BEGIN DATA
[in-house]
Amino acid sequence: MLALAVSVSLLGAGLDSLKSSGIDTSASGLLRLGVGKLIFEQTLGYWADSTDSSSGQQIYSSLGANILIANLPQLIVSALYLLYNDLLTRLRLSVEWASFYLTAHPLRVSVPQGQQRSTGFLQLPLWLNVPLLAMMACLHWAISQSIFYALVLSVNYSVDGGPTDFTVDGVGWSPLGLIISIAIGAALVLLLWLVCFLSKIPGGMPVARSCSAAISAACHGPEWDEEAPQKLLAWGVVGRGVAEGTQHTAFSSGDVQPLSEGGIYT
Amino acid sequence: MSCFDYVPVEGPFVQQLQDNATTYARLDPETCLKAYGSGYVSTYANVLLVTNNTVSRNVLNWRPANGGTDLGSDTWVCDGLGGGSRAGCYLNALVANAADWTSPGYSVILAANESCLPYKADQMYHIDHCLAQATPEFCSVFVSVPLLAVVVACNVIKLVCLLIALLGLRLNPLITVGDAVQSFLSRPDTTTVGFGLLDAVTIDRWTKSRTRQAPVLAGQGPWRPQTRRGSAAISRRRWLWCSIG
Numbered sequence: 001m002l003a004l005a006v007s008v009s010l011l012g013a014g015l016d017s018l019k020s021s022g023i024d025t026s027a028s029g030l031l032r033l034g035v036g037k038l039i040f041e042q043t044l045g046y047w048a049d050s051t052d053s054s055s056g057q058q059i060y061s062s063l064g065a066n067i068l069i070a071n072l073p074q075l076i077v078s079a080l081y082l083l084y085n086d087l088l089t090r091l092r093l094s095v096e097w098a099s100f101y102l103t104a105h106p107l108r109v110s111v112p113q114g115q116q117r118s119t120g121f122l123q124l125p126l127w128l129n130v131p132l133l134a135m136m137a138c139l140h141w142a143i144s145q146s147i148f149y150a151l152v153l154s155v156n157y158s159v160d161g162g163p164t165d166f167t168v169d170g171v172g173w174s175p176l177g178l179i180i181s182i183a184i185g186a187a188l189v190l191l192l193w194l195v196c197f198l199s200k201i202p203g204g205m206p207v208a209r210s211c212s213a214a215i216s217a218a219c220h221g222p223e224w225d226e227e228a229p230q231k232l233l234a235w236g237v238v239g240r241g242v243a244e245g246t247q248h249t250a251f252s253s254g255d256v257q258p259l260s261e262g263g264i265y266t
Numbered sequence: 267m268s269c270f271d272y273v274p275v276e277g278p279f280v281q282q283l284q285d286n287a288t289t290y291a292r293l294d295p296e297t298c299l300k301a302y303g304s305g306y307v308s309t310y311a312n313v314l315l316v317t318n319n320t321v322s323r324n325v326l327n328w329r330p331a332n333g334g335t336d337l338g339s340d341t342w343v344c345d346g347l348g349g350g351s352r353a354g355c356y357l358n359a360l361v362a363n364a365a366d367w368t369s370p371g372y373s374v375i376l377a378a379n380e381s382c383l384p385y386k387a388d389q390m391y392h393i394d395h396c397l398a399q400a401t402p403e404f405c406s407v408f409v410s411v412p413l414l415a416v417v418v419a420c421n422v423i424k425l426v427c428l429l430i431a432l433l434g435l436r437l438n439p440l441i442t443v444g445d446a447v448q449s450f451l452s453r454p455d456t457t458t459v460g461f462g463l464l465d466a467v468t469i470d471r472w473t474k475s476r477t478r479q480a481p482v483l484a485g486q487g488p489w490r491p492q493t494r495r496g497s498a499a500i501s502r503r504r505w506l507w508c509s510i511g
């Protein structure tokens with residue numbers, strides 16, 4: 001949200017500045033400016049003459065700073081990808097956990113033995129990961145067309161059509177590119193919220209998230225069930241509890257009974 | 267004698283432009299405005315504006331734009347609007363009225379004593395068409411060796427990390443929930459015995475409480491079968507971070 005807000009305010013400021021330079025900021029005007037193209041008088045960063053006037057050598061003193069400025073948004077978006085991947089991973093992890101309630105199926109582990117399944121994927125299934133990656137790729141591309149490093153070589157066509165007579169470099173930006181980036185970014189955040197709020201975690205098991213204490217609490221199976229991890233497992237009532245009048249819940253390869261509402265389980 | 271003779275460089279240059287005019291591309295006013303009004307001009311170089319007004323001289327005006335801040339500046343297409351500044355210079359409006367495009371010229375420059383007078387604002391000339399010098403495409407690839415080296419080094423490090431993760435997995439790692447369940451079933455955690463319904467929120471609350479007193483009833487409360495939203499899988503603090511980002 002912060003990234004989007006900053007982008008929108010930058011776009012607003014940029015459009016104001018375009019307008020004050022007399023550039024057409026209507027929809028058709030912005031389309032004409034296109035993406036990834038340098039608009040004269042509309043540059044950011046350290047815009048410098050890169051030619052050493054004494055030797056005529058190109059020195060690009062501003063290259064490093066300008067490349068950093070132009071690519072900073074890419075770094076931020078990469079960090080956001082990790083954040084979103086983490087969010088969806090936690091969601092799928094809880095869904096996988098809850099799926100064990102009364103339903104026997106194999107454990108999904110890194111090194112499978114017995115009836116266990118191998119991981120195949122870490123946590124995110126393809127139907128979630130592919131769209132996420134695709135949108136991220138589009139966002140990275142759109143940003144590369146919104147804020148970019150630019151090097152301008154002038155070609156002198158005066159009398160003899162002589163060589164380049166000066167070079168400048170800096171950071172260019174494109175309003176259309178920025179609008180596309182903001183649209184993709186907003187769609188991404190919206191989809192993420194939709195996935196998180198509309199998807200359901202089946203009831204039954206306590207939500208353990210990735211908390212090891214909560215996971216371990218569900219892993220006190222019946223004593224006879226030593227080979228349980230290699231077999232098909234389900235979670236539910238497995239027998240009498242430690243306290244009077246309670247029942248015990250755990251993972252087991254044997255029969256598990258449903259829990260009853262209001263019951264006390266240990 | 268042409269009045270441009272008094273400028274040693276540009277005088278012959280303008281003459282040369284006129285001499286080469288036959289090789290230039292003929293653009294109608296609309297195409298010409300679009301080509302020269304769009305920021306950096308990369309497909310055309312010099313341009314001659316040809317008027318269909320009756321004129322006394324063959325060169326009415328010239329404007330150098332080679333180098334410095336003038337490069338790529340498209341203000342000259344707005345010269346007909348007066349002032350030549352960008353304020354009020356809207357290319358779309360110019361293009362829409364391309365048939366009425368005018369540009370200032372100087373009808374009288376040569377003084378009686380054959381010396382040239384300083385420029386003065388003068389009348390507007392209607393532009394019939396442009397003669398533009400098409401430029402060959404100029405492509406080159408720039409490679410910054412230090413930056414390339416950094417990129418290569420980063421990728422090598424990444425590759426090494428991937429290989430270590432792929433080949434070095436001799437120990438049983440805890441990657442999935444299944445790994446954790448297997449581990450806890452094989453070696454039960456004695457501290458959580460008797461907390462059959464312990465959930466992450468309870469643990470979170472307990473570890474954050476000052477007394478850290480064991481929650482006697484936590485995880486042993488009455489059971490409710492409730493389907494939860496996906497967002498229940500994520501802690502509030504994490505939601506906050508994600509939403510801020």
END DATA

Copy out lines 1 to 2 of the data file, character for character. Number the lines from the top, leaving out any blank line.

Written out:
[in-house]
Amino acid sequence: MLALAVSVSLLGAGLDSLKSSGIDTSASGLLRLGVGKLIFEQTLGYWADSTDSSSGQQIYSSLGANILIANLPQLIVSALYLLYNDLLTRLRLSVEWASFYLTAHPLRVSVPQGQQRSTGFLQLPLWLNVPLLAMMACLHWAISQSIFYALVLSVNYSVDGGPTDFTVDGVGWSPLGLIISIAIGAALVLLLWLVCFLSKIPGGMPVARSCSAAISAACHGPEWDEEAPQKLLAWGVVGRGVAEGTQHTAFSSGDVQPLSEGGIYT